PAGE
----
CSLB Application Denials and the Appeals Process

Let’s take a minute to discuss CSLB application denials and the appeal process. It’s a boring topic, I know, but it’s good information if you find yourself caught up in the AIU vortex.

If the Claims Investigation Unit denies your claim, Section 485 takes effect.

§ 485. Procedure before denial

Upon denial of an application for a license under this chapter or Section 496, the board shall do one of the following:

  • (a) File and deliver a problem statement in accordance with Chapter 5 (commencing with Section 11500) of Part 1 of Division 3 of Title 2 of the Government Code.
  • (b) Notify the applicant that the application is denied, stating (1) the reason for the denial and (2) that the applicant is entitled to a hearing under Chapter 5 (commencing with Section 11500) of Part 1 of Division 3 of Title 2 of the Government Code if the written request for a hearing is made within 60 days of the notice of denial. Unless a request for a hearing is made in writing within the 60-day period, the requestor’s right to a hearing is deemed waived. Service of the denial notice may be made in the manner authorized for service of subpoenas in civil actions, or by certified mail addressed to the applicant at the last address submitted by the applicant in writing to the board in its application or otherwise. Mail service is completed on the date of shipment.

Statistics added 1972 ch 903 § 1. Statistics modified 1997 ch 758 §

The key here is the 60-day deadline to file your appeal request. I encourage you to file your appeal as soon as possible so that the appeal process can begin.

From here Section 487 applies and describes the Hearing process.

§ 487. Hearing; Hour

If the applicant requests a hearing, the board shall hold such hearing within 90 days from the date the hearing is requested, unless the applicant requests or agrees in writing to a postponement or continuance of the hearing. Notwithstanding the foregoing, the Office of Administrative Hearings may order, or if good cause is shown, grant a request for up to an additional 45 days to conduct a hearing, except in cases involving alleged fraud in the examination or award of licences, in which case the term can be up to 180 days. In no case will more than two orders or requests be made.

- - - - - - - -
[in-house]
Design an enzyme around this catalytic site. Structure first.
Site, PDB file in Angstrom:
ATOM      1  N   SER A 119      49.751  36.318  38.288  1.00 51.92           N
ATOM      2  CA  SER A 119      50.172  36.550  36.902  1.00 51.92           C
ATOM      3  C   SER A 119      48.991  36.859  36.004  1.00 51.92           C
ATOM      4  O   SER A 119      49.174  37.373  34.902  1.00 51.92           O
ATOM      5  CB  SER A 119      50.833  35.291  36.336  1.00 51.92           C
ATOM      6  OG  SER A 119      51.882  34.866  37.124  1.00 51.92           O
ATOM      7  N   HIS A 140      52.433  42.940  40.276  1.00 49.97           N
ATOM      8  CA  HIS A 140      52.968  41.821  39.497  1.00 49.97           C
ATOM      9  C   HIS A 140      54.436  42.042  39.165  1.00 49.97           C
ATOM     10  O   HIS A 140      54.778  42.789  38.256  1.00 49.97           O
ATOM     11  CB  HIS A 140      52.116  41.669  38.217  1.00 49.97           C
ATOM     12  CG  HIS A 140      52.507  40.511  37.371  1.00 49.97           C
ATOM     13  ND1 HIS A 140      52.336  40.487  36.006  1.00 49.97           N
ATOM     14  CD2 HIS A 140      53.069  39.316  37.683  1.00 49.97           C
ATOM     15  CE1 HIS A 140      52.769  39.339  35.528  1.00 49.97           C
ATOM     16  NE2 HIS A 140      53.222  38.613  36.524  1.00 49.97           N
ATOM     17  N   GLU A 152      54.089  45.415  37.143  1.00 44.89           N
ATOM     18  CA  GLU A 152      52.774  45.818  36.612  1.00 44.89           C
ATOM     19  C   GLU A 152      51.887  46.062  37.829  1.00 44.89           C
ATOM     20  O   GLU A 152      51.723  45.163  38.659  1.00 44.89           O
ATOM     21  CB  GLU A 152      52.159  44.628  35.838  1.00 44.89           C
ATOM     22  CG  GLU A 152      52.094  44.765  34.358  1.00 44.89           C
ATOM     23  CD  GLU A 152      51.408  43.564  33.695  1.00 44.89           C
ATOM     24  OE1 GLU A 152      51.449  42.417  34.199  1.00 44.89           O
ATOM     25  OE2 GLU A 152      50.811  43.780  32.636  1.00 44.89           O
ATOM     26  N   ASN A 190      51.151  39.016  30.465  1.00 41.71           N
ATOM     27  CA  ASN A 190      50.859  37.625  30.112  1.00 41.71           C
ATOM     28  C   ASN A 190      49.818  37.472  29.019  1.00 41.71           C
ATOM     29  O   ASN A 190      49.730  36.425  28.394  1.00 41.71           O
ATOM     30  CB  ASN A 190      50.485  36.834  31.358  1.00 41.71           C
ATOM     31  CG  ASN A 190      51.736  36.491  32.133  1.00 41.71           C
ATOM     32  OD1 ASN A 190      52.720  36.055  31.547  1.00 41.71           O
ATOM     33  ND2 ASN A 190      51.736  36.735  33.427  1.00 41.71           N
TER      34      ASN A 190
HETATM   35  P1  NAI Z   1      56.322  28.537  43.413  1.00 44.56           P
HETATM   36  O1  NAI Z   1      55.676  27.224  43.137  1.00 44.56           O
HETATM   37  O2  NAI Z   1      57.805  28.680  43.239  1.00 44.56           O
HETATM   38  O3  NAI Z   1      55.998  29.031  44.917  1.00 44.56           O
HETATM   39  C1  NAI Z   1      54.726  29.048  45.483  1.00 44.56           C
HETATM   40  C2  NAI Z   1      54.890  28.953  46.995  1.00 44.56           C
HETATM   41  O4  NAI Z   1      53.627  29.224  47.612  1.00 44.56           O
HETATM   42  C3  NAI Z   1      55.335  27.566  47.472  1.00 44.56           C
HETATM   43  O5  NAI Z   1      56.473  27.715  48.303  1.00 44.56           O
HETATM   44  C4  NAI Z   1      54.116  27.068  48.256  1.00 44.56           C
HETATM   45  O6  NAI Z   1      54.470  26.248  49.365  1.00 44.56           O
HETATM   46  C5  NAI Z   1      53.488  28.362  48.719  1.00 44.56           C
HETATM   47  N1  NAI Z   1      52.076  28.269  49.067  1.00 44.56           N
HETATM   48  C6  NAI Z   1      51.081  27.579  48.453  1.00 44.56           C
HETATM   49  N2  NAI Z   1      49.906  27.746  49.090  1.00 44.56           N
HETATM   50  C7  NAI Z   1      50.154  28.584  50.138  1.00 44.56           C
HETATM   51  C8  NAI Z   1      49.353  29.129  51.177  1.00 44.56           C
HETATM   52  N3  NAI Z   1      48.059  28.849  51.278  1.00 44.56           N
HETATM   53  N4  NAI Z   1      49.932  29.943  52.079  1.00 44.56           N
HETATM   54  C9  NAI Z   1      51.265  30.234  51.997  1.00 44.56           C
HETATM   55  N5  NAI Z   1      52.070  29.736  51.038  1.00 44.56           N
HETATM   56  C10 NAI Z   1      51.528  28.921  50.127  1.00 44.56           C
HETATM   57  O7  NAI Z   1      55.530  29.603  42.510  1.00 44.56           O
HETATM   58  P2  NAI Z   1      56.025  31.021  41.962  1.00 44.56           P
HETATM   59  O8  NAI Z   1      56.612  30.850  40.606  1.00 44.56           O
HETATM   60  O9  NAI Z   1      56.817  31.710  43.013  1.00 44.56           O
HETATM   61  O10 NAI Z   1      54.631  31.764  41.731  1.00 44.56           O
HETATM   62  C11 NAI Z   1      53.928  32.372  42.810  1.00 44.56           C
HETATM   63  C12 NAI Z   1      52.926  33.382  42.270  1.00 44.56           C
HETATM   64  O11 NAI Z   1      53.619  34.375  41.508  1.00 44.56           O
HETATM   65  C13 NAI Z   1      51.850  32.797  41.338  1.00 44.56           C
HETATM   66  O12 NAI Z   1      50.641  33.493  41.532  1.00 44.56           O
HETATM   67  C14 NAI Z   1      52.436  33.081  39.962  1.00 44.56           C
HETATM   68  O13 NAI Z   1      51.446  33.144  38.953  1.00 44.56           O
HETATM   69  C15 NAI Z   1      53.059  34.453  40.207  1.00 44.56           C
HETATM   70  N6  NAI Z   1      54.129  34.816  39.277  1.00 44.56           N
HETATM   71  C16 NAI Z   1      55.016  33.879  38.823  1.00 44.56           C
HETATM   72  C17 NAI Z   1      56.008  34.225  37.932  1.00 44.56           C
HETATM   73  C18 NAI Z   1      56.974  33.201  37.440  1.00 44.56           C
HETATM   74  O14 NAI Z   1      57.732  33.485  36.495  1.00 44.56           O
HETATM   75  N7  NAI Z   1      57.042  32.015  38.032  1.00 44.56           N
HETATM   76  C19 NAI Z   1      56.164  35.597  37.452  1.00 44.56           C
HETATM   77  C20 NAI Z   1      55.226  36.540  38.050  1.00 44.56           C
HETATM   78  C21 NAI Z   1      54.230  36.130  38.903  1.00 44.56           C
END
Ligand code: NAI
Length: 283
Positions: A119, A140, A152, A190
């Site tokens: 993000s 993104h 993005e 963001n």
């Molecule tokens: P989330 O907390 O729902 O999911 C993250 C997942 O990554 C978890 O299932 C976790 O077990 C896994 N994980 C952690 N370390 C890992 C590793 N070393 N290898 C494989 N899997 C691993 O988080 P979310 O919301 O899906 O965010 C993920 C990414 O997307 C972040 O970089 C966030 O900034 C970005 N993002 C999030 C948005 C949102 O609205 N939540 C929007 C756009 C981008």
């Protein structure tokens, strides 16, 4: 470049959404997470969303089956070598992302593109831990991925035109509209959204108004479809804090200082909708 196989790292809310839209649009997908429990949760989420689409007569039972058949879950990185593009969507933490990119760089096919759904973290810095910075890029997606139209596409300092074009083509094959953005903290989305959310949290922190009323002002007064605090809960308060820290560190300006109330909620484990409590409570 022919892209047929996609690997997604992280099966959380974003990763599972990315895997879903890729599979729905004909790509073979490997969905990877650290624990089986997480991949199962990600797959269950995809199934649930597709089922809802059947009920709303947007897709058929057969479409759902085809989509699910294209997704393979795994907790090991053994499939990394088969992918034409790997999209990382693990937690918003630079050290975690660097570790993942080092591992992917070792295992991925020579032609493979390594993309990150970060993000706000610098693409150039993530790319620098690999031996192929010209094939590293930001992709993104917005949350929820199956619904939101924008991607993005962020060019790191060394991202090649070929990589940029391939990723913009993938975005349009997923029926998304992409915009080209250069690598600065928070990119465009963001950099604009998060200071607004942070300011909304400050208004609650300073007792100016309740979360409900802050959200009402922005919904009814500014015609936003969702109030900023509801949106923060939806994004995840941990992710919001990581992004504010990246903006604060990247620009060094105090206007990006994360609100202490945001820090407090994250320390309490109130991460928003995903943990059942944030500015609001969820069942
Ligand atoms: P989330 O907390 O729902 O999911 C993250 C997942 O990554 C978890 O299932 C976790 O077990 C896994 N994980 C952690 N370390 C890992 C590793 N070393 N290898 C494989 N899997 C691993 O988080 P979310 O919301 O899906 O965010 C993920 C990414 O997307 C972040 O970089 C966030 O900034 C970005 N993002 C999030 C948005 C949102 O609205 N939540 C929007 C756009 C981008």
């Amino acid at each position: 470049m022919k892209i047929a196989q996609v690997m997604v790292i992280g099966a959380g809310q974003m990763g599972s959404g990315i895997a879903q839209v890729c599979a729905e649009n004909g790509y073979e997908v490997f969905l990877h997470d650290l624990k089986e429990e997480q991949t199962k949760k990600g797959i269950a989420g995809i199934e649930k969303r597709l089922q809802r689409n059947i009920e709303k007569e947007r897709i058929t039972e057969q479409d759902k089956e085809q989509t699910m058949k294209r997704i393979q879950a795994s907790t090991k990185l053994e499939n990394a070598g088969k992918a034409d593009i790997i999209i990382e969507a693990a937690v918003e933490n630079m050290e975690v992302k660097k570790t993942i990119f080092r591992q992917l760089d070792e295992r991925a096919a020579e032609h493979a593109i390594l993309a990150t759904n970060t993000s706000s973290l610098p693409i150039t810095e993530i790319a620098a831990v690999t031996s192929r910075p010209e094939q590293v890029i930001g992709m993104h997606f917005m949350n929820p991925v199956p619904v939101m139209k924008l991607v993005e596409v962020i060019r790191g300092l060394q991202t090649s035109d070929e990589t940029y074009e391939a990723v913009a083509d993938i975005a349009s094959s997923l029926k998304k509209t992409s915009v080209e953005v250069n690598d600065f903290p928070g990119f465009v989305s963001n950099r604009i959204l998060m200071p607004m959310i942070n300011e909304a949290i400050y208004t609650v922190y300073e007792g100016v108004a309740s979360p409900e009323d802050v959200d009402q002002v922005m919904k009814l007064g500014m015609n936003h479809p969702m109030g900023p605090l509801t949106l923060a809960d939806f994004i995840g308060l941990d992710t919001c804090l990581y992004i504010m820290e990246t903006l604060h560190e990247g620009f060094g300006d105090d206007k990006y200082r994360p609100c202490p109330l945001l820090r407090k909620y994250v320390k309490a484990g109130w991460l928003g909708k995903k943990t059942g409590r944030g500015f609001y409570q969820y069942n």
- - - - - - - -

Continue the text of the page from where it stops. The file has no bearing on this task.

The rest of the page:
Aggregate statistics 1972 chap. 903 § 1. Modified Statistics 1974 Ch. 1321 § 10; Stats 1986 ch 220 § 1, effective June 30, 1986.

The important part of this section is that the hearing will take place within 90 days of the hearing request. Unless you, the applicant, request or agree to a continuance. I would not agree to a continuation because I would not like to give the board the ability to further delay the process. If OAH grants a request for an extension, you have no choice. CSLB likes to say that the process can take 4-6 months, but I think that is a scare tactic. Section 487 suggests that a hearing could take place in as little as 3 months.

After a hearing request is filed, Section 488 comes into play.

§ 488. Request for hearing

Except as otherwise provided by law, following a hearing requested by an applicant pursuant to subdivision (b) of Section 485, the board may take any of the following actions:

  • (a) Grant the license effective upon completion of all license requirements by the applicant.
  • (b) Grant the license upon completion of all license requirements by the applicant, immediately revoke the license, suspend the revocation, and impose probationary conditions on the license, which may include suspension.
  • (c) Deny license.
  • (d) Take such other action in connection with the denial or grant of license as the board, in its discretion, deems appropriate.

Added Stats 2000 ch 568 § 2 (AB 2888).

This is interesting because of point (c). This suggests that the CSLB could deny the license…again. Funny thing is, it was a denial that got him down the appeal/hearing path in the first place.

There you have it, some interesting facts about CSLB application denials and the appeal process.

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